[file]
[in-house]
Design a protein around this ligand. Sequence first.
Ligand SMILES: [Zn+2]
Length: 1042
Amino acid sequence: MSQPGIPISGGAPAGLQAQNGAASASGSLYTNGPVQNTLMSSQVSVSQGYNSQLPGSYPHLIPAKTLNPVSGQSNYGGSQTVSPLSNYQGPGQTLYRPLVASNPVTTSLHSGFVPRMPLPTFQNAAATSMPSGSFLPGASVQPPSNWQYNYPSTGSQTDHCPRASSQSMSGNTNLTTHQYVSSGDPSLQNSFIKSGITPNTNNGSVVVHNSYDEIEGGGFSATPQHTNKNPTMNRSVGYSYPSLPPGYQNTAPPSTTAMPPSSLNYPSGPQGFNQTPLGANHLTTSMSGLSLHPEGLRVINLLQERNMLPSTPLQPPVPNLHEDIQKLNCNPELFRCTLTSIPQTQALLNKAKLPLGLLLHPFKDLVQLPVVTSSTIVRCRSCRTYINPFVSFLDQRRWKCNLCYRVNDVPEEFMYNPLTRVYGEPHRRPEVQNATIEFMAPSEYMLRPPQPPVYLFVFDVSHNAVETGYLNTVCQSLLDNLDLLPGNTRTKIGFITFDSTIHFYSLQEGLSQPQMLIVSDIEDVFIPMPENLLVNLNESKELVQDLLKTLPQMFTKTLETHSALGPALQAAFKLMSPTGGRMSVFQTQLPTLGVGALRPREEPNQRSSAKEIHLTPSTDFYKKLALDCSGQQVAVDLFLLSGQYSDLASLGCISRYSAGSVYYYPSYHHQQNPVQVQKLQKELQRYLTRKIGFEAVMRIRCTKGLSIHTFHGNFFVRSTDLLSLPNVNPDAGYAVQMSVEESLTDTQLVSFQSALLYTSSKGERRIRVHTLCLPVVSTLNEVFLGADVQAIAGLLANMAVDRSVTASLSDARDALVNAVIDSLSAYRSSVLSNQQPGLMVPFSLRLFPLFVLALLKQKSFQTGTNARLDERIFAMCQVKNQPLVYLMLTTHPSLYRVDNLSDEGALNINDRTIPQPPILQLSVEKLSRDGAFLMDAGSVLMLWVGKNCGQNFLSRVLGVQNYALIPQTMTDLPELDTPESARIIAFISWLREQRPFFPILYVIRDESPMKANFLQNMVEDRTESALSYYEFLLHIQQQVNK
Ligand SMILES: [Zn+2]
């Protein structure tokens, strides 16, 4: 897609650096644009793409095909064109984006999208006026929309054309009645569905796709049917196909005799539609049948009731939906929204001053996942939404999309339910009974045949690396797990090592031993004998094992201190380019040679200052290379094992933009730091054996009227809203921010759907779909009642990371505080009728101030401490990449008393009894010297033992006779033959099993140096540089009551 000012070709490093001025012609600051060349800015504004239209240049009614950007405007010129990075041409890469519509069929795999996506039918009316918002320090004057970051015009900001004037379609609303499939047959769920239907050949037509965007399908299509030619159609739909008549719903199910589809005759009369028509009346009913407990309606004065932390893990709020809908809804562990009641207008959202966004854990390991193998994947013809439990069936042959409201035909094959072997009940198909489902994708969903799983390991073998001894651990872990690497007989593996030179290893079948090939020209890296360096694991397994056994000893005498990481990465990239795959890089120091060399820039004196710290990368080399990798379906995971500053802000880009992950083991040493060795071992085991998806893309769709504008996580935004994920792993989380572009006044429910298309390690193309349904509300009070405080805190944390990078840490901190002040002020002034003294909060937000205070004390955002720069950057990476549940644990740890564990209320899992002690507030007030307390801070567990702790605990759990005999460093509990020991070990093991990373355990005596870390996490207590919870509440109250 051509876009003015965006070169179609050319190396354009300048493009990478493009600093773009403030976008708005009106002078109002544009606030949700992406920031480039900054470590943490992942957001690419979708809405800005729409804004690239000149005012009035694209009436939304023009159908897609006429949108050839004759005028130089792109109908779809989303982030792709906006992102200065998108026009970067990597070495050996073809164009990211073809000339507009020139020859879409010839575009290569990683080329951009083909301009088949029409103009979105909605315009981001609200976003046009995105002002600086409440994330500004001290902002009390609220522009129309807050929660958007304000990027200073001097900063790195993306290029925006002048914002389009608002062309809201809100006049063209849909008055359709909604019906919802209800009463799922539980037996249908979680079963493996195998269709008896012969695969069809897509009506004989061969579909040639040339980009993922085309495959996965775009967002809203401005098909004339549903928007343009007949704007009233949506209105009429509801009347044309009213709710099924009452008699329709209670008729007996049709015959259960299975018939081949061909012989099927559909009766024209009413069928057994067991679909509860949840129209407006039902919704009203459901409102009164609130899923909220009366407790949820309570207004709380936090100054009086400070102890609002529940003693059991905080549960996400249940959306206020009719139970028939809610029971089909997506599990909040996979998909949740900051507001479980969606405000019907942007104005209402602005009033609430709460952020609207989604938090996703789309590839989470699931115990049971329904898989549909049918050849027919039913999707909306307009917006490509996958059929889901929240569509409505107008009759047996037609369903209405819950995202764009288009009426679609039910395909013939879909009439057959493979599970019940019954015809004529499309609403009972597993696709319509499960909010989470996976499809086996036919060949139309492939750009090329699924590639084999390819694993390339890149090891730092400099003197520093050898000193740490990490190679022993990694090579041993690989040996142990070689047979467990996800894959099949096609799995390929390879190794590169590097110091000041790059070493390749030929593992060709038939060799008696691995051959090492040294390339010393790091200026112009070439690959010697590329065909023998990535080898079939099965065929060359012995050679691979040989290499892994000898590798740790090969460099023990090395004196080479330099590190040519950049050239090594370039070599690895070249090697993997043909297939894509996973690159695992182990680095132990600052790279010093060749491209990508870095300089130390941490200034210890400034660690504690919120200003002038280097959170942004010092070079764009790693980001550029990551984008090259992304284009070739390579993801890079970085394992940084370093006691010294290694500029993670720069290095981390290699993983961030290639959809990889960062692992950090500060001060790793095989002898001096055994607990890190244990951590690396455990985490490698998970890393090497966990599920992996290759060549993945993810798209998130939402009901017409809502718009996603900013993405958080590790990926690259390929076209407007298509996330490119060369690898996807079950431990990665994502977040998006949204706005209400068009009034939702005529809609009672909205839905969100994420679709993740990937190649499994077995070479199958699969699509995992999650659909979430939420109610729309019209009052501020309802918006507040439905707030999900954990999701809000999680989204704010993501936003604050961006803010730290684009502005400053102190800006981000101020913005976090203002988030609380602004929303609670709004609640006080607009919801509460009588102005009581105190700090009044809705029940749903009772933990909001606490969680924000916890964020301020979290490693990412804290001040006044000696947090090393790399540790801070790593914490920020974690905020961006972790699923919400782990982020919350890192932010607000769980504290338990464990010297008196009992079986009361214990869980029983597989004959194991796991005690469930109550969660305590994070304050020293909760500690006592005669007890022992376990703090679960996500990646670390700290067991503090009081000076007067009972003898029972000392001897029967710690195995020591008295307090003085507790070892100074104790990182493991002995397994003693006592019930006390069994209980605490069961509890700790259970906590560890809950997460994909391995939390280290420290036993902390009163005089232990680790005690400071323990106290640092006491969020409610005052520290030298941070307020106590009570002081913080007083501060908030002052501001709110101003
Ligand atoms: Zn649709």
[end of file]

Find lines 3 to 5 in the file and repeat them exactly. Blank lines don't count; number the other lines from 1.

Ligand SMILES: [Zn+2]
Length: 1042
Amino acid sequence: MSQPGIPISGGAPAGLQAQNGAASASGSLYTNGPVQNTLMSSQVSVSQGYNSQLPGSYPHLIPAKTLNPVSGQSNYGGSQTVSPLSNYQGPGQTLYRPLVASNPVTTSLHSGFVPRMPLPTFQNAAATSMPSGSFLPGASVQPPSNWQYNYPSTGSQTDHCPRASSQSMSGNTNLTTHQYVSSGDPSLQNSFIKSGITPNTNNGSVVVHNSYDEIEGGGFSATPQHTNKNPTMNRSVGYSYPSLPPGYQNTAPPSTTAMPPSSLNYPSGPQGFNQTPLGANHLTTSMSGLSLHPEGLRVINLLQERNMLPSTPLQPPVPNLHEDIQKLNCNPELFRCTLTSIPQTQALLNKAKLPLGLLLHPFKDLVQLPVVTSSTIVRCRSCRTYINPFVSFLDQRRWKCNLCYRVNDVPEEFMYNPLTRVYGEPHRRPEVQNATIEFMAPSEYMLRPPQPPVYLFVFDVSHNAVETGYLNTVCQSLLDNLDLLPGNTRTKIGFITFDSTIHFYSLQEGLSQPQMLIVSDIEDVFIPMPENLLVNLNESKELVQDLLKTLPQMFTKTLETHSALGPALQAAFKLMSPTGGRMSVFQTQLPTLGVGALRPREEPNQRSSAKEIHLTPSTDFYKKLALDCSGQQVAVDLFLLSGQYSDLASLGCISRYSAGSVYYYPSYHHQQNPVQVQKLQKELQRYLTRKIGFEAVMRIRCTKGLSIHTFHGNFFVRSTDLLSLPNVNPDAGYAVQMSVEESLTDTQLVSFQSALLYTSSKGERRIRVHTLCLPVVSTLNEVFLGADVQAIAGLLANMAVDRSVTASLSDARDALVNAVIDSLSAYRSSVLSNQQPGLMVPFSLRLFPLFVLALLKQKSFQTGTNARLDERIFAMCQVKNQPLVYLMLTTHPSLYRVDNLSDEGALNINDRTIPQPPILQLSVEKLSRDGAFLMDAGSVLMLWVGKNCGQNFLSRVLGVQNYALIPQTMTDLPELDTPESARIIAFISWLREQRPFFPILYVIRDESPMKANFLQNMVEDRTESALSYYEFLLHIQQQVNK